I'm never going to get in, am I?

<p>I live in the south of Ireland. Yep, basically the middle of nowhere. Because I’m in the 15-17 age group, there are no parts for me in theater productions (roles are for either under 12 or over 18). We don’t have community theater here either. And acting classes are very expensive. That combined with my parents disdain for acting and the performing arts - I don’t stand a chance of going to an acting class. But I try practicing on my own and studying other actors on stage and in movies…</p>

<p>And I know this is a MT forum but even if I applied for Undergrad Drama, would I ever stand a chance? I’m dedicated and I always do well at whatever I spend my time on. But without a snazzy resume does that even matter?</p>

<p>Tisch looks at each person's natural ability and potential for training. The lack of performing success in high school will not prevent you from getting in. On your resume, you should find a way to highlight your passion for theater, and what you've done with the limited options available to you. </p>

<p>How will you audition, though? Do you send in a DVD? Or are you coming to the States? My guess would be that having to send in a recording might handicap you, because the auditors can make a better assessment in person, I would imagine.</p>

<p>Your academics are important, too. If you do not fit in with the NYU accepted student profile, then don't bother applying.</p>

<p>I agree Nia, You have so much going for you. If you work your hardest and try you just don't know what kind of opportunities will open up for you. Don't give up before you have started. Get into a good school, write a good essay about what kind of challenges you have overcome. Discuss your ambition and what you have done to find your way in spite of difficult circumstances. Inspire them to believe in you. Good Luck!</p>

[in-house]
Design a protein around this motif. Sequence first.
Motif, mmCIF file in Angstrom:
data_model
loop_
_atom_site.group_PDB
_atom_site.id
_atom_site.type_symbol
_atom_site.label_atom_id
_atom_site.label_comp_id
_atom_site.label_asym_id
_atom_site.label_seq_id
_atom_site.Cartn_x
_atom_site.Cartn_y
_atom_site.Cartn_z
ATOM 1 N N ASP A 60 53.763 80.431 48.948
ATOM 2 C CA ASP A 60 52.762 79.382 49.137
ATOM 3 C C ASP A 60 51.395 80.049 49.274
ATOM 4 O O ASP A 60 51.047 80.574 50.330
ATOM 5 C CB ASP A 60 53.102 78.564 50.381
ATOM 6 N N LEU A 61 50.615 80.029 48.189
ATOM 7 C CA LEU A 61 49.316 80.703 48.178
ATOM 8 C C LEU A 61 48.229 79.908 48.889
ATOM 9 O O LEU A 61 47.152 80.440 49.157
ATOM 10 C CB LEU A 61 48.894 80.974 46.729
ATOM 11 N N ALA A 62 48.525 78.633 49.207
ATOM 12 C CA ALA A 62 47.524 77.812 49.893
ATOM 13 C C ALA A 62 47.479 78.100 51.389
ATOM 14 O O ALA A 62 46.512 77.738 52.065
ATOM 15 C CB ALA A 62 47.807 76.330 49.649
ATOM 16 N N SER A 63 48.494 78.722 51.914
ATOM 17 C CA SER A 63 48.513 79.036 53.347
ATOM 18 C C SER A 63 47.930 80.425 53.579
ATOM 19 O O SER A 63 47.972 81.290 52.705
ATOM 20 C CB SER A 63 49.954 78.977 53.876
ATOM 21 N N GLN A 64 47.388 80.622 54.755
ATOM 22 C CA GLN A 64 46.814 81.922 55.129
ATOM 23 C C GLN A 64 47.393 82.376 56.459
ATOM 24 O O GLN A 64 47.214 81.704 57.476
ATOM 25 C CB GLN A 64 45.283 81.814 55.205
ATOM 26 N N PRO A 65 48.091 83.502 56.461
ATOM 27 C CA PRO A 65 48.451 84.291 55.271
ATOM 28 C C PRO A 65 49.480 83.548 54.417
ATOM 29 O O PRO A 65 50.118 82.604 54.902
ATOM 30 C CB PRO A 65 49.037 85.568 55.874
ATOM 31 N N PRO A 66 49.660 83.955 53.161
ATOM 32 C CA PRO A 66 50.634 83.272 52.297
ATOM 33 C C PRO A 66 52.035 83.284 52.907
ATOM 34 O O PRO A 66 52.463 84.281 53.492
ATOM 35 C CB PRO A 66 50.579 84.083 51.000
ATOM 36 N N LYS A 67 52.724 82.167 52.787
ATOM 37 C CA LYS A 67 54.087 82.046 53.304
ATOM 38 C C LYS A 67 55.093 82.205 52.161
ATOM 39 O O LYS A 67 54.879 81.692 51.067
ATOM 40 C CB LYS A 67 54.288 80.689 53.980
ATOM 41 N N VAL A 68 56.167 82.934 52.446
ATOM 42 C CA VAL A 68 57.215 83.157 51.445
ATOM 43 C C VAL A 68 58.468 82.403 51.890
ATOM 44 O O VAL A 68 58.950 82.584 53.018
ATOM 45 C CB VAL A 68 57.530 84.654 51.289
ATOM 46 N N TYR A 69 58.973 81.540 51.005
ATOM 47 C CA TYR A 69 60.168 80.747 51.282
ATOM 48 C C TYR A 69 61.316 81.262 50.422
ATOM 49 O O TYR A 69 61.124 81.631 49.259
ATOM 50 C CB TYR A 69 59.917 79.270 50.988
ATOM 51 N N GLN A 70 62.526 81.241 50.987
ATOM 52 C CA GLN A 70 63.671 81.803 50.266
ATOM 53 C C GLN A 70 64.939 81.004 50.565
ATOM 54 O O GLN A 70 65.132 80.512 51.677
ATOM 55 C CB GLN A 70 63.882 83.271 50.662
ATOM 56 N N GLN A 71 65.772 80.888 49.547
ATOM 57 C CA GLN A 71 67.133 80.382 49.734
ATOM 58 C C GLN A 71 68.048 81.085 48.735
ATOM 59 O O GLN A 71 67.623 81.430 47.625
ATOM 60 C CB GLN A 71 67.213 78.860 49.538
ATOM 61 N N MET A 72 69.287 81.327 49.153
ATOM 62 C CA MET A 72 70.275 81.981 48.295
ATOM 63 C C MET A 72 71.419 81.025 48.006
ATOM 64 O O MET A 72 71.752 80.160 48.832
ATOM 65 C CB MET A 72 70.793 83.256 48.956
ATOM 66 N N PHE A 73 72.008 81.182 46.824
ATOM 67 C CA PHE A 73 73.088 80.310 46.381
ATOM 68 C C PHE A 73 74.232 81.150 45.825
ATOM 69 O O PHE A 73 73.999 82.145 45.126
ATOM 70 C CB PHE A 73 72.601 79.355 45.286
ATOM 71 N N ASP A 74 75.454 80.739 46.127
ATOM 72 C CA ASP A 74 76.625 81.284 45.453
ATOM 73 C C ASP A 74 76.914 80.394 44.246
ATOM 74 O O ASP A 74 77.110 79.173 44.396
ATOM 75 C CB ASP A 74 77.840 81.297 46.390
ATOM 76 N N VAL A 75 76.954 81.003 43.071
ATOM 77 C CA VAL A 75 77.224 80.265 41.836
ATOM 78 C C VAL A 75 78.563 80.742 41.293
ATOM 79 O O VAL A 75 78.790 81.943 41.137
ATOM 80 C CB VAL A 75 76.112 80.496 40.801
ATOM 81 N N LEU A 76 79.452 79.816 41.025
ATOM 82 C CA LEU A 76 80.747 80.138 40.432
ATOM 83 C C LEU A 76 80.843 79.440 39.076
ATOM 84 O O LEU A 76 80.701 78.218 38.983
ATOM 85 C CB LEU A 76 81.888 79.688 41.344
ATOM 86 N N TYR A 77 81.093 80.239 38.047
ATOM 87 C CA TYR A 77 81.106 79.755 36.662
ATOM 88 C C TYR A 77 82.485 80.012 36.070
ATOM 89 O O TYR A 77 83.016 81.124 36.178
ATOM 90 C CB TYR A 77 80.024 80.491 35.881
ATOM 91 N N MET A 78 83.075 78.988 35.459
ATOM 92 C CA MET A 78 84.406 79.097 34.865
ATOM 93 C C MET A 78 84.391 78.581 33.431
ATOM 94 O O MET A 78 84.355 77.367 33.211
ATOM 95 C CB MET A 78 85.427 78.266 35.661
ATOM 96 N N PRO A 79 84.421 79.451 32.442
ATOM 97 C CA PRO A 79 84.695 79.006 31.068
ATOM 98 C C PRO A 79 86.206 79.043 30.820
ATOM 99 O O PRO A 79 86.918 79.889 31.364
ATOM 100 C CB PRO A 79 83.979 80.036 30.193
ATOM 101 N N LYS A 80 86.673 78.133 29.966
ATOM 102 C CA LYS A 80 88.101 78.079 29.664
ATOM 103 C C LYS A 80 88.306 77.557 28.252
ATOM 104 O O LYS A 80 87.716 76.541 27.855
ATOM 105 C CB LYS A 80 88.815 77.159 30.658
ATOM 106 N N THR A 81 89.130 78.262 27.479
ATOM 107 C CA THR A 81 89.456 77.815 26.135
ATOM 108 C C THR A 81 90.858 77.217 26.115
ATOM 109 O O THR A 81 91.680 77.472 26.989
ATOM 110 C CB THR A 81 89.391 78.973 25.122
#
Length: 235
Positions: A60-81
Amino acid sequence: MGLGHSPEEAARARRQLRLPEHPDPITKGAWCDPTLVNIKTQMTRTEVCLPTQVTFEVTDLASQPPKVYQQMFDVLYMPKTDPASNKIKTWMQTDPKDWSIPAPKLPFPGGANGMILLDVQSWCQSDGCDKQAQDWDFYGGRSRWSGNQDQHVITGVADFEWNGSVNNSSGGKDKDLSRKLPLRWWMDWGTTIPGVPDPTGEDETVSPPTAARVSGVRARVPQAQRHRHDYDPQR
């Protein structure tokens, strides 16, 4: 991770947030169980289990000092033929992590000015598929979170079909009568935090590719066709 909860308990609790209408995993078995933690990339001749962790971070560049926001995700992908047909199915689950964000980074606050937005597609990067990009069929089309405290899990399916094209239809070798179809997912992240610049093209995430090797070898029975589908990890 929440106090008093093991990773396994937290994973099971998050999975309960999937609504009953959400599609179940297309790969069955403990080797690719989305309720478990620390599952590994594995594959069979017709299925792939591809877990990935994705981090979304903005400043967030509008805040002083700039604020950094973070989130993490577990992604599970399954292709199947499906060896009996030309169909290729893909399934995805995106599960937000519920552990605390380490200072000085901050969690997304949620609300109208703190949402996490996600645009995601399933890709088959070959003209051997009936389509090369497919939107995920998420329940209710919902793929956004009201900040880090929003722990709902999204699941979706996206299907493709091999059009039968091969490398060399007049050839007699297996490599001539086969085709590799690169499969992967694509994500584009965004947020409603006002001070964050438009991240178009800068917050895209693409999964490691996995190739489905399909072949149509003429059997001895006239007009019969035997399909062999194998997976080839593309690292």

<p>Alright Nia, take it from somebody who went through the NYU Tisch audition process. There is a section of the audition where they sit down with you individually and take a look at what you have accomplished (aka your resume and your headshot/large picture). They really like to see that you have taken steps to furthering your abilities. That is NOT to say that talent isn't what matters. It comes down to how well you can perform...but I strongly suggest doing anything you can to fill out that resume.</p>

<p>Nia, how do you even know you really want to major in theatre? What year are you going into? </p>

<p>One benefit of doing lots of theatre, especially a summer intensive that's 30+ hours/week of theatre, is that you'll find out if you really like it. MANY kids have changed their minds after going through a good summer program; they found it just wasn't for them.</p>

<p>If you have done little or no acting, some admissions people might think, this person might just bail on us after one semester. Granted, anyone might, but the chances are much higher for someone who hasn't experienced lots of acting or, especially, a good theatre program. I'm just guessing here, but a university is still a business. They don't want empty spots.</p>

<p>So if there's any way to do some real theatre training, do it! It isn't all about the resume. It's talent and commitment.</p>